It is fair to say that I was somewhat overweight and decidedly lacking in energy. But it was a fun time and I could certainly get away with it more than now as it didn't contribute to anxiety or sleep disorders which are my two biggest battles at perimenopause.
After a number of years I have worked out a way to eat and drink that works for me and helps me feel more balanced during the turbulent times during my cycle.
I know that too much alcohol can make me incredibly anxious and if I drink late in the evening then I am likely to lie awake for many hours during the night with a pounding heart unable to drift off to sleep again.
So for me I now try to live by 3 rules - no more than 3 glasses of any alcohol, no more than 3 nights a week and never on 3 consecutive nights - this helps me to keep balanced.
Do I break this?!
Yes, of course, I am only human and on special occasions I will drink more than 3 glasses but I accept that this means I will sleep badly, my heart will pound and race during the night and I will be anxious and grumpy the next day.
Do I do it often? No! The trade off is not worth it regularly for me but on occasion it is fun! Balance....
Food is the same.
If we have people over, we will always have a big bowl of crisps and dips open.
But do I eat crips every day? Absolutely not!
Do I binge on whole massive chocolate bars? Probably only once or twice a year at Easter when the temptation is everywhere!
But do I still eat chocolate?! Yes, most nights I eat two small pieces of 70% dark chocolate with a cup of herbal tea.
Do I eat pizza? Sure, but not normally more than twice a month and usually half of my plate is filled with a lovely salad.
3. LIVE WELL
This one is probably what I have found hardest to work out balance in.
I am what is commonly termed a ‘people pleaser’.
I have spent literally weeks of my life joining committees, selling things I didn't care about, helping people and doing things that have really not brought me any joy at all.
I have had friendships that have sucked almost everything out of me, been there for people for years as they have lived through all the dramas in their life, only to discover that on the rare occasions I needed some support in return they were nowhere to be seen.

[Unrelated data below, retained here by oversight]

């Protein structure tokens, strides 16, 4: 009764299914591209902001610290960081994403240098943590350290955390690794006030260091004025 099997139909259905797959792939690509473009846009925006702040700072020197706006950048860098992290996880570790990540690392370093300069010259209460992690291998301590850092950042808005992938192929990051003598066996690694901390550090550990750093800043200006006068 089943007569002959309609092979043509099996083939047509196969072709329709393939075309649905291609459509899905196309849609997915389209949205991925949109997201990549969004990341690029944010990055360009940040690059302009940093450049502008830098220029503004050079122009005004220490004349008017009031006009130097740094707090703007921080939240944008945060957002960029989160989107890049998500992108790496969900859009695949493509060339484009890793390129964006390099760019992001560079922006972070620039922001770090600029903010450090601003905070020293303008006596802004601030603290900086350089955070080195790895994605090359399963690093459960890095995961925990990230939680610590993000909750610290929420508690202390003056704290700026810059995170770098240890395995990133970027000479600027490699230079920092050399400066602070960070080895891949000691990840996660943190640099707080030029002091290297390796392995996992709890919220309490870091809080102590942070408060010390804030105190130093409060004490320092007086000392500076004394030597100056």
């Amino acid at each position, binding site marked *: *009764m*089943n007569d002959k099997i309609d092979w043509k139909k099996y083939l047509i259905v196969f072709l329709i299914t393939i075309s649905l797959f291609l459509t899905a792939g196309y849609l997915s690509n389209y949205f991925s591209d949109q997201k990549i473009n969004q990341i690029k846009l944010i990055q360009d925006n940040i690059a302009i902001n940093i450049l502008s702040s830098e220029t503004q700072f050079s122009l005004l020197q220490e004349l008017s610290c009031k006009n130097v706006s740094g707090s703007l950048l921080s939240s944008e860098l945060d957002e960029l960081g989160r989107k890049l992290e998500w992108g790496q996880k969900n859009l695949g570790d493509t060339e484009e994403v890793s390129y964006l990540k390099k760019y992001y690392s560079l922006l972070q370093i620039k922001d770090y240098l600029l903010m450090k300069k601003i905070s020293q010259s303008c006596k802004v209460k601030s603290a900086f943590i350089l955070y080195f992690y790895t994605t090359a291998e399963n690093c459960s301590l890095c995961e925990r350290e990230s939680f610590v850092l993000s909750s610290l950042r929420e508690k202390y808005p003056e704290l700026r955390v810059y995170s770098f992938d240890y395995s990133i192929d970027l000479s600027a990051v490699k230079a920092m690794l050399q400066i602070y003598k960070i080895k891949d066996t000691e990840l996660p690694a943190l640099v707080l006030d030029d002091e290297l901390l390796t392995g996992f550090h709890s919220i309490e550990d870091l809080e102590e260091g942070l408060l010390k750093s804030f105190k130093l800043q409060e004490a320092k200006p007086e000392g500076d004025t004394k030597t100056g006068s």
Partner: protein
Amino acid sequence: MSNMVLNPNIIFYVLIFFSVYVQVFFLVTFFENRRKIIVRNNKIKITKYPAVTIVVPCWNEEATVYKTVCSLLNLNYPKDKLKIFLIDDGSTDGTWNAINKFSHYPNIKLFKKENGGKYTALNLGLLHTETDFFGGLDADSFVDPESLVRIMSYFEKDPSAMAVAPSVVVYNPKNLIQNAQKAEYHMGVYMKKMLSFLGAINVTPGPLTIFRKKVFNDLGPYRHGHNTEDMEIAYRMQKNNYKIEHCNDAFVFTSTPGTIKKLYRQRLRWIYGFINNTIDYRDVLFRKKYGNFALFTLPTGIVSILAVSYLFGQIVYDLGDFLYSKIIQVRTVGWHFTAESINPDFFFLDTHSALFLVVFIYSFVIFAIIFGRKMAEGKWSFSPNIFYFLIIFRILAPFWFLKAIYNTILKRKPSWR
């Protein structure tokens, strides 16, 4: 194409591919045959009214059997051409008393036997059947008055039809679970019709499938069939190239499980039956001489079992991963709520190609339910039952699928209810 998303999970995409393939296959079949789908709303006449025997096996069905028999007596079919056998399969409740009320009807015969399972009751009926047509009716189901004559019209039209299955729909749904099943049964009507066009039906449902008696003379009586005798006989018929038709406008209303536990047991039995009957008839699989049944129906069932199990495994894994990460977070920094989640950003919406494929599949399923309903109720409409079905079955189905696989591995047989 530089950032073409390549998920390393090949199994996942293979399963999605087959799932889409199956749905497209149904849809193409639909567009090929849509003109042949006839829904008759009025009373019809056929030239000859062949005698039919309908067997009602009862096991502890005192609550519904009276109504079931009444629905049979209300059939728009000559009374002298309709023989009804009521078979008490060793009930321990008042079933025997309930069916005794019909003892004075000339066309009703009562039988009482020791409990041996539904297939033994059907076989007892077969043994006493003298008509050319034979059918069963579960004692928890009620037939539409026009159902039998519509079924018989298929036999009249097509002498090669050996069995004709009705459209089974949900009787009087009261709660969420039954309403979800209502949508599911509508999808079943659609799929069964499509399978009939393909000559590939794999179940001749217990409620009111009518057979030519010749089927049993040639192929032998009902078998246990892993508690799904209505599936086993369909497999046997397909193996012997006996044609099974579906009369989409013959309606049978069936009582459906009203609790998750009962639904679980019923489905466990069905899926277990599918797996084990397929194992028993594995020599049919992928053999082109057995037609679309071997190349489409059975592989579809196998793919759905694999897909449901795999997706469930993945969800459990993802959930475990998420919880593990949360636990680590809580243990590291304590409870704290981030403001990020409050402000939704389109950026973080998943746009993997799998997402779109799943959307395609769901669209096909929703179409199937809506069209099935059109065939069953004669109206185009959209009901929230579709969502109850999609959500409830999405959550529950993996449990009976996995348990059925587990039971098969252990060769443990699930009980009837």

I have wasted many nights lying awake worrying that I have somehow inadvertently upset someone and wondering how I can possibly go about rectifying it and making them love me again.
When your own health becomes compromised, as mine has done over the last few years, you have to stop and re-evaluate where your energy is best served. And vexatious friendships or people that take away your light, leaving you feeling confused and questioning yourself as a person are not worth it.
You are not going to be able to please everybody in your life and not everyone is going to like you. The sooner you make peace with that and surround yourself with those that accept you and all your glorious flaws as you are, the happier you will be.
As well as living with some pretty hideous perimenopausal anxiety over the last few years, I also suffered from a very debilitating bout of long covid for a good 18 months when some days teaching one class was pretty much all I could manage and the rest of the day was spent on a sofa or lying in bed.
Having a long-term, yet largely silent illness can lead to some pretty big introspections and I soon learnt who was really there for me.
I also had to have a long look in the mirror and admit that I definitely wasn’t helping myself by saying yes to absolutely everything in friendships, schools, work and life in general. Nobody was getting the best of me and I was exhausted ALL THE TIME!
So how have I found balance?
I have left a number of committees – maybe not forever but certainly as I navigate these choppy waters.
I have learnt to say no – the world will not end if I turn down an invitation to go to the pub or no longer teach energetic evening classes 3 nights a week that while fun, often make my heart rate implode and stop me sleeping all night.
I have let some friendships drift away and I have learnt that true friends will also understand that if they don’t hear from me at weeks or even months at a time, it is not that I don’t love them or think of them but that I am just trying to survive my own life trials and tribulations.
I have sought professional help and am not afraid to admit that after 40 years without really needing any medical intervention, I now need HRT and antidepressants to help me live well and keep on top of acute anxiety and severely debilitating insomnia and panic attacks.
4. MOVE WELL
What worked for me in my 20s and 30s in terms of exercise doesn’t work for me anymore and I have now found a perfect balance of movement that makes me feel good, still challenges me but also supports and nurtures me.
Gone are running, very high intensity workouts and hours of training in the evenings. I used to thrive on these things BUT I never prioritised stretching, posture, flexibility etc and I was frequently injured.
Now I walk daily, stretch and do yoga a couple of times a week and do a number of more challenging barre workouts a few times a week.